Jobless claims fall to 49-year low for third straight week
Fed sees case for rate hikes in strong economy despite Trump barbs, trade tensions
The Federal Reserve is likely to move ahead with planned interest rate hikes despite criticism from President Trump and the potential economic damage of mounting trade tensions, according to notes released Wednesday from the central bank's July meeting.
Members of the Federal Open Markets Committee (FOMC), the Fed's monetary policymaking board, expressed confidence that a growing economy would continue to justify increasing federal interest rates toward historic neutral levels, according to minutes from its July 31 to August 1 meeting.
Fed officials warned that a prolonged trade war could damage the U.S. economy and said they had continued to see signs of delayed expansion as firms braced for higher costs. But overall, they were optimistic that the U.S. would enjoy strong growth throughout 2018, citing rising inflation and strong jobs and manufacturing data received earlier.
"Members expected that further gradual increases in the target range for the federal funds rate would be consistent with sustained expansion of economic activity, strong labor market conditions, and inflation near the Committee's symmetric 2 percent objective over the medium term," read the notes.
The meeting was the FOMC's first since Trump criticized Fed Chairman Jerome Powell and his colleagues for raising interest rates, which increases the costs of borrowing to slow down the economy.
The Fed has raised interest rates seven times since 2015 and five times since Trump took office in an effort to gradually bring monetary policy back toward non-stimulative levels. The president is one of few Republicans who has expressed opposition to interest rate hikes, which supporters say are essential to keep prices stable and financial markets free of dangerous bubbles.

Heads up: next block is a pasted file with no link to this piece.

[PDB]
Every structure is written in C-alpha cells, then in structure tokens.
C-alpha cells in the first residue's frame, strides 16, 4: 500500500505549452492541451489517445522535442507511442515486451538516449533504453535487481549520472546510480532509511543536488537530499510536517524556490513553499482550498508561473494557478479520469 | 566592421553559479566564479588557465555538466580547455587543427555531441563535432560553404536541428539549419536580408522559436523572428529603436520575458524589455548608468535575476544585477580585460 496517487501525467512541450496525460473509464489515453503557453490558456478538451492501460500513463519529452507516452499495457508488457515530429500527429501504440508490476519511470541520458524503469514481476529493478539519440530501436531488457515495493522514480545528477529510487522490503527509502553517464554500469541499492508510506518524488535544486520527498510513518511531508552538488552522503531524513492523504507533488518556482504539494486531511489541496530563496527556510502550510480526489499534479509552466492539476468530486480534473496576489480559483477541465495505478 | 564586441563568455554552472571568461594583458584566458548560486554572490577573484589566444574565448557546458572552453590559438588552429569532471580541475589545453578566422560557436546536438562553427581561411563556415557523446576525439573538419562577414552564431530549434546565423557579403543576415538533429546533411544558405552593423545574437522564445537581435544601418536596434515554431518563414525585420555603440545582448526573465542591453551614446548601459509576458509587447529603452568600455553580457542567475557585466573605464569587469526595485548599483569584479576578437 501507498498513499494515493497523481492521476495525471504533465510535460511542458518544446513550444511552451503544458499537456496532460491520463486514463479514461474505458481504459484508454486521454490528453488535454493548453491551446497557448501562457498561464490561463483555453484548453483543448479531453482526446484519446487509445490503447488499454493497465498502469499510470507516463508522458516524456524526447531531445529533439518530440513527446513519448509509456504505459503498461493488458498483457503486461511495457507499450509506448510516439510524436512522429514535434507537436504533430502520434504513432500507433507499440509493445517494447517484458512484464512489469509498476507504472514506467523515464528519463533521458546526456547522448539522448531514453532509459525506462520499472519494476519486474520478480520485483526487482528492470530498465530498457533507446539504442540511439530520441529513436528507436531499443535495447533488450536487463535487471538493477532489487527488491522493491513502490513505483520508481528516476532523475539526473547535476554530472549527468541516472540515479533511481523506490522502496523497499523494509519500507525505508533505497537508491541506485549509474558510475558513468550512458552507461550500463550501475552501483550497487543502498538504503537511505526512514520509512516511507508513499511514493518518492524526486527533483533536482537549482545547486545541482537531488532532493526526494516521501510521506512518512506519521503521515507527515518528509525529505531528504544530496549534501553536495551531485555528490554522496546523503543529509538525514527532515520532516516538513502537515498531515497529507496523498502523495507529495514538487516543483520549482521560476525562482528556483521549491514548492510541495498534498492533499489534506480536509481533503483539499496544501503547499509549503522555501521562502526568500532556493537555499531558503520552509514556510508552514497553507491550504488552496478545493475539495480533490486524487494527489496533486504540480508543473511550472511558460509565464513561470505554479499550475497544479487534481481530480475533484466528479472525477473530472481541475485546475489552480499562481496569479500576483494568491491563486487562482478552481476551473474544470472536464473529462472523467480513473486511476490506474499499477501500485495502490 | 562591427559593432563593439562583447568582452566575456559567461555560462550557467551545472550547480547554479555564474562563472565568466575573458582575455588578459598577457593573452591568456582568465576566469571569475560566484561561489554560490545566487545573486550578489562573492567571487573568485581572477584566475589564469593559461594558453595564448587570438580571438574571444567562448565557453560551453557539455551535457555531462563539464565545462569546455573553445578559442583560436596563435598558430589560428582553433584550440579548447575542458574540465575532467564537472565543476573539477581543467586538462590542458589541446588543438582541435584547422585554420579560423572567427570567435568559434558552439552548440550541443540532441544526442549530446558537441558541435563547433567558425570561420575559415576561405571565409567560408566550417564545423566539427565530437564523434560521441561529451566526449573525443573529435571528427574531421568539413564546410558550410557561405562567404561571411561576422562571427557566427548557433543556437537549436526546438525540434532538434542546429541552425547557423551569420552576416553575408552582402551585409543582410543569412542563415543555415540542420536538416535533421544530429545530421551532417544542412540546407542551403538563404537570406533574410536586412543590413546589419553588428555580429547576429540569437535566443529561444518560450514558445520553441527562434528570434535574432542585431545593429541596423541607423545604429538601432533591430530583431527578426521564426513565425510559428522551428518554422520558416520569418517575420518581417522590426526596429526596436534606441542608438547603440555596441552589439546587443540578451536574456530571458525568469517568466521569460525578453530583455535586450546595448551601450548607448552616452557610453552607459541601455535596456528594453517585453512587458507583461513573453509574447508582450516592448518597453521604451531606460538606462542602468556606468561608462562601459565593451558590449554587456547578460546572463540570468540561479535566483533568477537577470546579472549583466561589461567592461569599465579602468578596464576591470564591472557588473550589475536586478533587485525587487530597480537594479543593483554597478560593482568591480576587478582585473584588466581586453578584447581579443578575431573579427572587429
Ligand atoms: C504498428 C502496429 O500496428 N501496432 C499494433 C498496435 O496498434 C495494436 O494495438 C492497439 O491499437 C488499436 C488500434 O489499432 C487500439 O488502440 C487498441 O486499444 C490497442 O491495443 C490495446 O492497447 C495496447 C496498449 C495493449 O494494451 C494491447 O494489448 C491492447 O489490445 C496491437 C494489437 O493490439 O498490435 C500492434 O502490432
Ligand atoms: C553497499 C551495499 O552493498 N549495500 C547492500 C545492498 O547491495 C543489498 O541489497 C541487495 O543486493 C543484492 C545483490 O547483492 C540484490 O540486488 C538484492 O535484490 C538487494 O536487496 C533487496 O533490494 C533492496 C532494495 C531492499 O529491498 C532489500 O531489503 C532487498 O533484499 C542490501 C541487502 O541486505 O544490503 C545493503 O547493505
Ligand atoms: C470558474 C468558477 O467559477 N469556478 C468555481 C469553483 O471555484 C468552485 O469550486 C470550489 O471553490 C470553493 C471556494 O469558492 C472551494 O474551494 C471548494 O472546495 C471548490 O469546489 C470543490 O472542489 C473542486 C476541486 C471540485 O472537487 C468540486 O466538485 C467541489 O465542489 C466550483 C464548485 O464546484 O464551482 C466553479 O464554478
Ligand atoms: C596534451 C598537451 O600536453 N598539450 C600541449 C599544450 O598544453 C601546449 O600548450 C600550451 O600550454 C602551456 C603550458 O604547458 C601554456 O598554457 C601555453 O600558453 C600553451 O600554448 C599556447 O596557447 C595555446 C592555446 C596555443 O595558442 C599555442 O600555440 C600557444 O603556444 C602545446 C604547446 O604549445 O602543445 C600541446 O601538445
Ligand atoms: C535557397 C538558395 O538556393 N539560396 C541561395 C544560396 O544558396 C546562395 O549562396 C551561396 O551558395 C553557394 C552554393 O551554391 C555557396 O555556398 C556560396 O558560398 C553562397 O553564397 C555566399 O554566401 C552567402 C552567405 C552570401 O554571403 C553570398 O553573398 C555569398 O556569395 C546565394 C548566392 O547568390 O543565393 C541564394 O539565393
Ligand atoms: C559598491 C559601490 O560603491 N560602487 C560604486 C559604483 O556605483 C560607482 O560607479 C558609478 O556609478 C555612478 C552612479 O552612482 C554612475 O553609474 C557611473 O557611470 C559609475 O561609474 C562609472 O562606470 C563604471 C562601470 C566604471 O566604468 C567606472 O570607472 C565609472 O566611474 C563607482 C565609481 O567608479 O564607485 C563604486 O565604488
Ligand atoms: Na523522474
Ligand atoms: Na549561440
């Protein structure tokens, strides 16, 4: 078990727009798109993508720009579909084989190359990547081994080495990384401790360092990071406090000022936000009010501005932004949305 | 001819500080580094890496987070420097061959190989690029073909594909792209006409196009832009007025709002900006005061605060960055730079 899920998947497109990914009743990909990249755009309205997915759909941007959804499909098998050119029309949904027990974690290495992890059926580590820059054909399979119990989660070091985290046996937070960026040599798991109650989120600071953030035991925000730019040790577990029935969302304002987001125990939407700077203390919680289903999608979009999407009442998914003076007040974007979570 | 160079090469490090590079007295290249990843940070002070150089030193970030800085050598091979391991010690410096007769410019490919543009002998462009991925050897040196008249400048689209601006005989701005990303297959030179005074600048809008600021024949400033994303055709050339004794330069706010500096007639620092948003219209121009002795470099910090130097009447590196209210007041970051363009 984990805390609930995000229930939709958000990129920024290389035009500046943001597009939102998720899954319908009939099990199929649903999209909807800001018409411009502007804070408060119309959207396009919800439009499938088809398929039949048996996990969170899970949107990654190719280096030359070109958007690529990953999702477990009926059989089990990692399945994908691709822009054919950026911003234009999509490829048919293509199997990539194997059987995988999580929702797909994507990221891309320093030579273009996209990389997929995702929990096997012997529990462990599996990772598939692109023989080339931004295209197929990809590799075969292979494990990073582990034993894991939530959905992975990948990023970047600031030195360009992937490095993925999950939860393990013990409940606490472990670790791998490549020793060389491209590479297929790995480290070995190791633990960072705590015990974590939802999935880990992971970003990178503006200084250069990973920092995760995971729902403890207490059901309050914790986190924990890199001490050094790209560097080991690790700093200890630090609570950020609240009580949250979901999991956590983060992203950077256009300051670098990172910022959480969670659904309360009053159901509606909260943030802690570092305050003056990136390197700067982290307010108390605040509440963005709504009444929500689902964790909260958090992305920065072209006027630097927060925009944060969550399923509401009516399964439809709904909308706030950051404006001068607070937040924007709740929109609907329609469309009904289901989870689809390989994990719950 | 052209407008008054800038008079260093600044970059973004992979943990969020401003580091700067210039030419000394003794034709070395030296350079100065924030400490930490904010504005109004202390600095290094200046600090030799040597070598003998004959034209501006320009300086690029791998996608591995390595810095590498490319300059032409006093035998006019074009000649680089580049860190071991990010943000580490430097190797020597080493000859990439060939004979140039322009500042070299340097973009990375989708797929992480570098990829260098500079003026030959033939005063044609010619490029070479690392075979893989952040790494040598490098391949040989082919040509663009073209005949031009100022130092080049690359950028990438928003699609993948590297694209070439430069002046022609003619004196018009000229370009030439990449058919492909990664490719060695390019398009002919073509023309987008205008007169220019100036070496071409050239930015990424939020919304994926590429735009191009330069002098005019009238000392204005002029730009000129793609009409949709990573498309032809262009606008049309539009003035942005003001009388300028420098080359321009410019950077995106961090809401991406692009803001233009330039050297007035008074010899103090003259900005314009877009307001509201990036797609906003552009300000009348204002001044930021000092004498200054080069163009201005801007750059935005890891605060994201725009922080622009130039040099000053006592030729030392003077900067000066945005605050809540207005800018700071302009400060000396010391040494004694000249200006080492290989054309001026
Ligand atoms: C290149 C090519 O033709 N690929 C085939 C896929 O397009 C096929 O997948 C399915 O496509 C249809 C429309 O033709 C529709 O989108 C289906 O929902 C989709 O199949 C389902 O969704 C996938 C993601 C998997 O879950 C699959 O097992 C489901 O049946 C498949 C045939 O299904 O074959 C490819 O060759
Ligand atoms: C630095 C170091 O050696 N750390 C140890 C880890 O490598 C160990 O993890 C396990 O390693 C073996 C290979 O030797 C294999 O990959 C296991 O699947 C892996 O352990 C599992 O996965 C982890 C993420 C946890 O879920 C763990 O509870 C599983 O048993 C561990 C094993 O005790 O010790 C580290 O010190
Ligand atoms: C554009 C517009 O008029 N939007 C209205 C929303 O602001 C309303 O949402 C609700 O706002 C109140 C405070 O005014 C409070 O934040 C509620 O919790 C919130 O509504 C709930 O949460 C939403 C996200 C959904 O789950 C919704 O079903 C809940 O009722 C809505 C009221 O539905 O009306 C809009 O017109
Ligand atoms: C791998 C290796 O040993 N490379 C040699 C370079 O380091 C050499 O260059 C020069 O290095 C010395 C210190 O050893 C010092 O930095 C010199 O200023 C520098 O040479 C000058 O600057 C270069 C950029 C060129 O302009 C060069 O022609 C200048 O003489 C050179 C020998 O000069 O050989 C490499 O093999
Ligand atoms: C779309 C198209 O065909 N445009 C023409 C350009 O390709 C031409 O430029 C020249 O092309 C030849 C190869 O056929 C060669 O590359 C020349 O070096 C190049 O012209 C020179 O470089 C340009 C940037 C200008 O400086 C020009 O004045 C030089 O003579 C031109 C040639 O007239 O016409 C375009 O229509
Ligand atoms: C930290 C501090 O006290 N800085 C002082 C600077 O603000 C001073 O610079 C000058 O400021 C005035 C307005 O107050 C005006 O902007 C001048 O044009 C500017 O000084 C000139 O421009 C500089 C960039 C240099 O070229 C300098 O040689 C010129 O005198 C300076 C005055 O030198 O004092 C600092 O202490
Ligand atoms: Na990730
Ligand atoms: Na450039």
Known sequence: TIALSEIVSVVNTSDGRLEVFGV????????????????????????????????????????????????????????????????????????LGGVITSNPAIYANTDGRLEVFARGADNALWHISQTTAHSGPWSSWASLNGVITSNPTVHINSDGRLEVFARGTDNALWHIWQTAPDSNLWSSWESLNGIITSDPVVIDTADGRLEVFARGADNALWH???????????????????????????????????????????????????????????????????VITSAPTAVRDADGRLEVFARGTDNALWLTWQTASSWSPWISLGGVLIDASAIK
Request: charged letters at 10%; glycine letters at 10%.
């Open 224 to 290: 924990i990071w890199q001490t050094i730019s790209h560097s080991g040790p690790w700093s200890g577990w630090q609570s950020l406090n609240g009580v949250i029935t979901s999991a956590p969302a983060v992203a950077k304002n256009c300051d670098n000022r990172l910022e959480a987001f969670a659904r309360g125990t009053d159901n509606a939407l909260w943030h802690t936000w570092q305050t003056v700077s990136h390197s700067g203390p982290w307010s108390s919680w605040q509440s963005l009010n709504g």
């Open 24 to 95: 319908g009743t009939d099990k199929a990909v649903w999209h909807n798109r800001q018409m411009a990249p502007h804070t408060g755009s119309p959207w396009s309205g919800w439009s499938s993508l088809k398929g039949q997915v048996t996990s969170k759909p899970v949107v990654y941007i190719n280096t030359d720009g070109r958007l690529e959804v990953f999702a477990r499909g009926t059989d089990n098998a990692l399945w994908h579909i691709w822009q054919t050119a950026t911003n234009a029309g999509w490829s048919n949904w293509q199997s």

Trump renewed his criticism Monday, telling Reuters he was "not thrilled" with Powell, who he appointed to lead the Fed and that the bank should do "what's good for the country" by holding off on rate hikes.
Powell has largely ignored Trump's criticism and says he feels no pressure from him or the White House to hold off on rate hikes. The Fed has raised rates twice since Powell took over in February, and is expected to do so again in September and December.
Fed officials expected to follow through on their projections of two additional rate hikes with unemployment close to record lows and economic growth eclipsing 4 percent of GDP in the second quarter.
While Fed officials were confident in the overall state of the economy, they discussed rising concerns among U.S. businesses that trade tensions could pose serious risks to continued growth.
Trump has imposed tariffs on imported steel, aluminum, and Chinese goods, spurring retaliatory taxes from key trading partners on U.S. agricultural exports. The ensuing battle has dragged down the price of American crops and left U.S. manufacturers scrambling to handle rising materials costs.
Fed officials said the trade tensions hadn't severely stunted the growth of the economy yet, but could do so if they continued for much longer.
"Most businesses concerned about trade disputes had not yet cut back their capital expenditures or hiring but might do so if trade tensions were not resolved soon," the minutes read.
"If a large-scale and prolonged dispute over trade policies developed, there would likely be adverse effects on business sentiment, investment spending, and employment."